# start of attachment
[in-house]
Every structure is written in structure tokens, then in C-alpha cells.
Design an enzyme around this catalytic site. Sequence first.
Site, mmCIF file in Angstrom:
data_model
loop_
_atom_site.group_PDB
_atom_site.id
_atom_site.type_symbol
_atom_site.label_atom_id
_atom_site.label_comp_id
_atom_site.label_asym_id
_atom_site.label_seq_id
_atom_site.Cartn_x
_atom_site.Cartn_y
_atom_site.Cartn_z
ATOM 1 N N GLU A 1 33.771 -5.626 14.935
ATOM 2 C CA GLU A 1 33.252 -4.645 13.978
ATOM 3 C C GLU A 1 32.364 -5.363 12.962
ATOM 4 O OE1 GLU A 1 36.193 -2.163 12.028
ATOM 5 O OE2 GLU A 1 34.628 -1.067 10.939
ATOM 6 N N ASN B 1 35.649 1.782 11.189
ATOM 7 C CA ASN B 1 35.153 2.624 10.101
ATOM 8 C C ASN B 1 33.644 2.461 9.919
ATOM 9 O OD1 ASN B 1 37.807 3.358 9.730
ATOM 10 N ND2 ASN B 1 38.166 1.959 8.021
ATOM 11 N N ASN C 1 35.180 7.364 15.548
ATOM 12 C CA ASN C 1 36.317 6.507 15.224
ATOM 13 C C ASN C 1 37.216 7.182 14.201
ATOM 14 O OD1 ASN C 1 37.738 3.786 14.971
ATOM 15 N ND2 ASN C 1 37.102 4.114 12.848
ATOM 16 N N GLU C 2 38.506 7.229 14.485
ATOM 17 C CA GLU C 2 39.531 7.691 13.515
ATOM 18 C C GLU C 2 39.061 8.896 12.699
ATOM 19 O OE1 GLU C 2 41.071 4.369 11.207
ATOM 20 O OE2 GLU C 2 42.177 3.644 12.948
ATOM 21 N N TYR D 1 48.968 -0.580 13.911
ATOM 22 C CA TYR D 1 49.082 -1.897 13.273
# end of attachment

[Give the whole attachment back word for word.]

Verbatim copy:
[in-house]
Every structure is written in structure tokens, then in C-alpha cells.
Design an enzyme around this catalytic site. Sequence first.
Site, mmCIF file in Angstrom:
data_model
loop_
_atom_site.group_PDB
_atom_site.id
_atom_site.type_symbol
_atom_site.label_atom_id
_atom_site.label_comp_id
_atom_site.label_asym_id
_atom_site.label_seq_id
_atom_site.Cartn_x
_atom_site.Cartn_y
_atom_site.Cartn_z
ATOM 1 N N GLU A 1 33.771 -5.626 14.935
ATOM 2 C CA GLU A 1 33.252 -4.645 13.978
ATOM 3 C C GLU A 1 32.364 -5.363 12.962
ATOM 4 O OE1 GLU A 1 36.193 -2.163 12.028
ATOM 5 O OE2 GLU A 1 34.628 -1.067 10.939
ATOM 6 N N ASN B 1 35.649 1.782 11.189
ATOM 7 C CA ASN B 1 35.153 2.624 10.101
ATOM 8 C C ASN B 1 33.644 2.461 9.919
ATOM 9 O OD1 ASN B 1 37.807 3.358 9.730
ATOM 10 N ND2 ASN B 1 38.166 1.959 8.021
ATOM 11 N N ASN C 1 35.180 7.364 15.548
ATOM 12 C CA ASN C 1 36.317 6.507 15.224
ATOM 13 C C ASN C 1 37.216 7.182 14.201
ATOM 14 O OD1 ASN C 1 37.738 3.786 14.971
ATOM 15 N ND2 ASN C 1 37.102 4.114 12.848
ATOM 16 N N GLU C 2 38.506 7.229 14.485
ATOM 17 C CA GLU C 2 39.531 7.691 13.515
ATOM 18 C C GLU C 2 39.061 8.896 12.699
ATOM 19 O OE1 GLU C 2 41.071 4.369 11.207
ATOM 20 O OE2 GLU C 2 42.177 3.644 12.948
ATOM 21 N N TYR D 1 48.968 -0.580 13.911
ATOM 22 C CA TYR D 1 49.082 -1.897 13.273